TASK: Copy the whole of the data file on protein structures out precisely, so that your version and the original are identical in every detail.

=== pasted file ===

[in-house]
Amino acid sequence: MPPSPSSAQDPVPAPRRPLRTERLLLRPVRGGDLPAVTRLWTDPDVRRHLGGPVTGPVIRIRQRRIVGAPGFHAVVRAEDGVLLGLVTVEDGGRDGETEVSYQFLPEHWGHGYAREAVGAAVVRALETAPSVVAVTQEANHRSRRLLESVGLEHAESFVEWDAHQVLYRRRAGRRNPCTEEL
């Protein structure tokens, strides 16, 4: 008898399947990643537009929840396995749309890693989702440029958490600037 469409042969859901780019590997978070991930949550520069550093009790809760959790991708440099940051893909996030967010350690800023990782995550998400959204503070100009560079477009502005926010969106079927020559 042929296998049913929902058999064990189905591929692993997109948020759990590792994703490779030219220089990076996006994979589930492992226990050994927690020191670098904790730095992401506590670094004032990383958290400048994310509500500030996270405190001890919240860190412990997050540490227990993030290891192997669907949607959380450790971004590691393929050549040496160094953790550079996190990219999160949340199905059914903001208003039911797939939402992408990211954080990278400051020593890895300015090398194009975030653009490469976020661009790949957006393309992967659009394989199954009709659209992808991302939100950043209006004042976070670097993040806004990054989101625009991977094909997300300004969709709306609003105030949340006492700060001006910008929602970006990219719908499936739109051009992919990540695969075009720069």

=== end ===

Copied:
[in-house]
Amino acid sequence: MPPSPSSAQDPVPAPRRPLRTERLLLRPVRGGDLPAVTRLWTDPDVRRHLGGPVTGPVIRIRQRRIVGAPGFHAVVRAEDGVLLGLVTVEDGGRDGETEVSYQFLPEHWGHGYAREAVGAAVVRALETAPSVVAVTQEANHRSRRLLESVGLEHAESFVEWDAHQVLYRRRAGRRNPCTEEL
């Protein structure tokens, strides 16, 4: 008898399947990643537009929840396995749309890693989702440029958490600037 469409042969859901780019590997978070991930949550520069550093009790809760959790991708440099940051893909996030967010350690800023990782995550998400959204503070100009560079477009502005926010969106079927020559 042929296998049913929902058999064990189905591929692993997109948020759990590792994703490779030219220089990076996006994979589930492992226990050994927690020191670098904790730095992401506590670094004032990383958290400048994310509500500030996270405190001890919240860190412990997050540490227990993030290891192997669907949607959380450790971004590691393929050549040496160094953790550079996190990219999160949340199905059914903001208003039911797939939402992408990211954080990278400051020593890895300015090398194009975030653009490469976020661009790949957006393309992967659009394989199954009709659209992808991302939100950043209006004042976070670097993040806004990054989101625009991977094909997300300004969709709306609003105030949340006492700060001006910008929602970006990219719908499936739109051009992919990540695969075009720069």